Tuesday, May 29, 2012

U-shaped bays

According to the Times, Prime Burger on 51st St. will close:

 Though the family plans to salvage as many fixtures as it can, Mr. DiMiceli said he despaired of being able to rescue and reconstruct the built-in, one-person booths. In this highly unusual — if not downright eccentric — serving arrangement, customers sit in small U-shaped bays behind individual table tops that pivot shut to enclose them, almost as if they were buckled into an old amusement park ride. (The thrill lies in the calorie count.)
 The problem is that these booths may have been too well installed to allow removal. “We’d like to take the seats,” Mr. DiMiceli said, “but the guys I talked to said that taking them apart would probably destroy them.” 

 I went to Prime Burger only once or twice, back in the last century, but it left an impression. Indeed, the one-person booth aspect was imported into the novel (Chinese Whispers) I was working on (c. 2000). Eventually I cut the primary reference to the seating scheme, but here it is:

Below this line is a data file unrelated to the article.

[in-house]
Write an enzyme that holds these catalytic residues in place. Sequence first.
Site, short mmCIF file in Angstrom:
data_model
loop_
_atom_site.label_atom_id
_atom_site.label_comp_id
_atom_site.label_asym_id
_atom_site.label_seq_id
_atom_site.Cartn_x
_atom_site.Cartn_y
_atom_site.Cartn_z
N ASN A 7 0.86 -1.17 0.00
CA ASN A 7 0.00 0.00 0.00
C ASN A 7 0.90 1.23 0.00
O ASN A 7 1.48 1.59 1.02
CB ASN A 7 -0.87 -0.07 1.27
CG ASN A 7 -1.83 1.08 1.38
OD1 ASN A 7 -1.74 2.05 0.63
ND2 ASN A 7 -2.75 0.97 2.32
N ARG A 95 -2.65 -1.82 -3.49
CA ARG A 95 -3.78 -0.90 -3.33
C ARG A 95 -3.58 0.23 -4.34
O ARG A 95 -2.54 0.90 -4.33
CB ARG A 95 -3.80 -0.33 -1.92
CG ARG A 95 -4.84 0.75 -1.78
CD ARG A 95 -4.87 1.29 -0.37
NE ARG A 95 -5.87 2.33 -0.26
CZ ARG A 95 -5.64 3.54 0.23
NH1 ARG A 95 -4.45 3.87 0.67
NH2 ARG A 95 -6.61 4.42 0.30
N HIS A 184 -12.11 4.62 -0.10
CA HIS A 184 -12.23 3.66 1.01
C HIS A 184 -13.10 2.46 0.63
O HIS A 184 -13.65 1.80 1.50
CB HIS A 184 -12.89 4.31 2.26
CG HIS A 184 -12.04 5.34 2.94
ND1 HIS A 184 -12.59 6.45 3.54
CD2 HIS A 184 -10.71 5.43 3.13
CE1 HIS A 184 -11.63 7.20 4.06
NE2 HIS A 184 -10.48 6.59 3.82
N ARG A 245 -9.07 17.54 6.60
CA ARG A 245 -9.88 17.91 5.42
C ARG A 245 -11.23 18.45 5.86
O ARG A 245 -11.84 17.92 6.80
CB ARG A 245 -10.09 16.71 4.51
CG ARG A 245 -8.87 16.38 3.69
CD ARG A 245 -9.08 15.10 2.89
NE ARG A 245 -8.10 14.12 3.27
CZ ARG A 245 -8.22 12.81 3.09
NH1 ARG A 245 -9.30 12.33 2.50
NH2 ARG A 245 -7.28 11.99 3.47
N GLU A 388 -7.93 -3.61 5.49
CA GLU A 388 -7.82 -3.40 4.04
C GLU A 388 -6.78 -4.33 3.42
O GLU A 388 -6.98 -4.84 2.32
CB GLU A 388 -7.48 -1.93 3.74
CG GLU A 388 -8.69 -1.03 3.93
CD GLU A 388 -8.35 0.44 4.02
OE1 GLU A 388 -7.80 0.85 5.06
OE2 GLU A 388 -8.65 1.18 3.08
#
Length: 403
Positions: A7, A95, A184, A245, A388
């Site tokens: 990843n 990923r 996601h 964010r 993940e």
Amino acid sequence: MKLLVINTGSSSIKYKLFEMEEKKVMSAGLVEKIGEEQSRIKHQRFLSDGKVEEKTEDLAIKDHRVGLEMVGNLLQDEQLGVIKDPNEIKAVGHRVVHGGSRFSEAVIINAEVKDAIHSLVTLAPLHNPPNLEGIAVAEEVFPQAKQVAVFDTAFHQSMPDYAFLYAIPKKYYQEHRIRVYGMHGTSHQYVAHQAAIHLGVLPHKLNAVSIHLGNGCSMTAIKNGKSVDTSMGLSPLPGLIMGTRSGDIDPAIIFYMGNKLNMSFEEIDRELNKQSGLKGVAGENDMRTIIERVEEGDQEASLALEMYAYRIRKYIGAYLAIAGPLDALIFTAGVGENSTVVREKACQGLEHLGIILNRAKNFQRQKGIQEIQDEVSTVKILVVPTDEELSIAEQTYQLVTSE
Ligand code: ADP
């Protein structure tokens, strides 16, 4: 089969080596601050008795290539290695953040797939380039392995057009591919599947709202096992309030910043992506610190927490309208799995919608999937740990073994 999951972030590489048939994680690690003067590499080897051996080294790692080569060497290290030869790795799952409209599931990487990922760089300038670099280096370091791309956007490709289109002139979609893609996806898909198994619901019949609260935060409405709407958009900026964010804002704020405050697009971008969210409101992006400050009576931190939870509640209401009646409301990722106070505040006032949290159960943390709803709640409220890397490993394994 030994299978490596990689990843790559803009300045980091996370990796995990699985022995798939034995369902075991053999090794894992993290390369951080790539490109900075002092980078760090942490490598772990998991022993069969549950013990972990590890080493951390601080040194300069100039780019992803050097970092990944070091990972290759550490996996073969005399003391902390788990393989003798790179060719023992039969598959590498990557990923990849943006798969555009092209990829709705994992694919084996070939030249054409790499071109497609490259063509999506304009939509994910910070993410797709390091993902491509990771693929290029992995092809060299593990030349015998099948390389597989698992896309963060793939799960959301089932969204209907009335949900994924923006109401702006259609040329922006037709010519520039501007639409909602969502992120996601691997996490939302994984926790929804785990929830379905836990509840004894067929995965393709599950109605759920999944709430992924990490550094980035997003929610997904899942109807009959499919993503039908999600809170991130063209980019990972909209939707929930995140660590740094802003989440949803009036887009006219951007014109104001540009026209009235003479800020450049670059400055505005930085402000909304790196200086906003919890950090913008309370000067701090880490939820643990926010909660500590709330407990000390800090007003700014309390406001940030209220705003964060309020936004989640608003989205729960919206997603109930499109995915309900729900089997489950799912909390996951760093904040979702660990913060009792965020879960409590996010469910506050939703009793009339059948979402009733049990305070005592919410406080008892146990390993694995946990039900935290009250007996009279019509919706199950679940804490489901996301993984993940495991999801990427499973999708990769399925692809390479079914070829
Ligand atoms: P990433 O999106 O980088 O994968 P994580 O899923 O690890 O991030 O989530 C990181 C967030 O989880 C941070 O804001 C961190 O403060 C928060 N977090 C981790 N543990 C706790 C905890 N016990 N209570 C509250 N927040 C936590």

They sat across from each other. In more crowded circumstances, the tavern’s curious furniture permitted shoulder-to-shoulder arrangements. Along one wall were booth-like configurations that in fact contained seating for six, in a U-formation, two wooden seats per side. Each seat was separated by a brief raised stand, upon which an assortment of condiments reposed. But there was no central table as such. Instead, individual serving trays, also of wood, secured at one end with a pivot, swung into action. Each tray clicked into place to secure the diner. The overall effect was agreeably infantilizing.


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